The South Carolina Youth Sporting Foundation was first organized in 2008 with the goal of introducing young people to the pleasure of being outdoors, safety with firearms, accuracy and to other youth shooters. After witnessing a youth tournament held at Hermitage Farms in 2014 with his grandson, Reed Clements, William Tetterton decided to form the King Haigler Youth Sporting Clays team in Camden, now in their third season, and currently serves as the head coach. “My grandfather and I had never seen such a well-planned sport for kids,” remembers Reed, a junior at Camden High School. What initially began as Reed with a couple of his friends has expanded into a team of two dozen teenagers, all passionate about sporting clays. 

“We have a very good youth program in South Carolina,” says Joe. “It not only teaches them how to shoot and use firearms safely, but it also teaches them good life lessons. There are a lot of other things that kids that age could be doing with their time that are not constructive. It also shows their parents and friends that guns are not bad things when used properly.”

The South Carolina Youth Sporting Foundation holds five competitive shoots per season, including the state competition, December through April. To compete at state, a shooter must have competed in two of the previous tournaments. Each tournament is split into age groups and gender divisions, and shooters compete in teams of three with one coach over the 100-shot course.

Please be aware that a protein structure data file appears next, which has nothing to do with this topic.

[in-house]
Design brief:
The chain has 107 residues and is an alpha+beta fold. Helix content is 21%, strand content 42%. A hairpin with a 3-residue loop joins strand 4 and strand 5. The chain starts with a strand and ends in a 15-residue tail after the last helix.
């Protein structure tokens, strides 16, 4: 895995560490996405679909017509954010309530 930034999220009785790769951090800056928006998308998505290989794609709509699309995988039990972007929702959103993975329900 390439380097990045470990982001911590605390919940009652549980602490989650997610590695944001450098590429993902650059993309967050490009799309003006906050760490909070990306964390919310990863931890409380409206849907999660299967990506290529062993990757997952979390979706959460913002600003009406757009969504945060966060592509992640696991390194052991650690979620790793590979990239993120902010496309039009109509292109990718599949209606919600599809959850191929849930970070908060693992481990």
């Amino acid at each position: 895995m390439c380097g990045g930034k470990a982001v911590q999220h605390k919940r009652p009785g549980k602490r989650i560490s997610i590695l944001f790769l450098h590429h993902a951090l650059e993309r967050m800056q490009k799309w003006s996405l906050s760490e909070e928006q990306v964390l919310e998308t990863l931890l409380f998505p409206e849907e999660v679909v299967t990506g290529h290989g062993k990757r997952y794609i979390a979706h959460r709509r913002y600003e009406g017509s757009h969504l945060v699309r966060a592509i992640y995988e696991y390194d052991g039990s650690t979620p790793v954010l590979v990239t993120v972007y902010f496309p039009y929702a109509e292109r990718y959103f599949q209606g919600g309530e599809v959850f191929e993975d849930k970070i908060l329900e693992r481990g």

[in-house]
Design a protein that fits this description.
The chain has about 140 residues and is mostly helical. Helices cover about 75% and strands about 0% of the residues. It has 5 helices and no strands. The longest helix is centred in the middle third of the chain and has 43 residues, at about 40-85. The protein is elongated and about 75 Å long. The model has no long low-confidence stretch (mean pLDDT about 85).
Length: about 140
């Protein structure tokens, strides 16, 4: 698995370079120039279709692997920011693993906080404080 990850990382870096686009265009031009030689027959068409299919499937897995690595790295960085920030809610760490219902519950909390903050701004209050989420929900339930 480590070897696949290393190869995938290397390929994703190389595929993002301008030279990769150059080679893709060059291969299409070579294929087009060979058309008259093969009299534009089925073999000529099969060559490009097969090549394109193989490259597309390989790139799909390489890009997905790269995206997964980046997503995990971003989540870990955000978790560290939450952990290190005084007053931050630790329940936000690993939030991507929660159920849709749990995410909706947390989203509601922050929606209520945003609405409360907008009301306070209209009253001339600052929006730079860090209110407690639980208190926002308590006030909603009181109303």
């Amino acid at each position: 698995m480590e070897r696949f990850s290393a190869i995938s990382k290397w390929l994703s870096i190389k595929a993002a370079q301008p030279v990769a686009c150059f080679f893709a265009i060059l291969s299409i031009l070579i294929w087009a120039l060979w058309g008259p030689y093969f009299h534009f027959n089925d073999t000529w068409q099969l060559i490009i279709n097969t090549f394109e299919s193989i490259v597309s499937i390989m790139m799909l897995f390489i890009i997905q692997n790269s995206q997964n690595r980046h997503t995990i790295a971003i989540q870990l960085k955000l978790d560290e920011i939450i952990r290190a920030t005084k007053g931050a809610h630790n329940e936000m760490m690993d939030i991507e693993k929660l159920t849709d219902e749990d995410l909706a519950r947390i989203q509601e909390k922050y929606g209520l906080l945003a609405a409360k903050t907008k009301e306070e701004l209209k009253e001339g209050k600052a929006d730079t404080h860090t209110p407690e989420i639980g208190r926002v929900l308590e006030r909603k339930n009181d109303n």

“Each station is set up with three or four tries of two birds, either a report pair or a true pair,” explains Robin Wilson-Brown, a coach for King Haigler and the team’s secretary/treasurer. “A report pair is two birds pulled for the shooter in following order. The shooter calls ‘pull,’ aims and fires, and the second bird is released immediately after the first shot. A true pair is when two birds are thrown simultaneously when the shooter calls ‘pull.’ The shots are scored as a hit or miss, and the hits are tallied up at the end of the shoot.”

Robin is also involved in a women’s group called “Ladies and Clays” that shoots recreationally in the cooler months. While she cannot even remember her first time shooting a shotgun, it was not until she and her husband, Sims, started coaching that it became such a regular pastime. “For me and Sims, the kids have become our biggest influence with shooting. Each child is different, and you learn so much by watching them and trying to help them figure out what works best. This sport teaches kids to have responsibility and shows that we trust them. Plus, this sport can be enjoyed by most kids, whether or not they are athletic in the traditional sense.”

Elizabeth Lambe and Mariah Tighe, both seniors at A.C. Flora, and Kellie Thrower, a home-schooled eighth grader, comprise the team of three who compete together under Robin’s leadership. Mariah even hopes to shoot at the collegiate level next year if the school she chooses has a team. 

Kellie shares that she was introduced to sporting clays at a shotgun themed wedding, of all places. “That was the day I found my passion,” she beams. “My Grandpa really influenced my love for the sport as well. He is a great coach and is very supportive. I couldn’t have done it without him. It’s always fun to get a group of friends and family together to shoot, especially a group of girls, because we can prove we are just as good of a shot, if not better, than the boys.” Kellie typically scores in the high 70s to low 80s in competitions.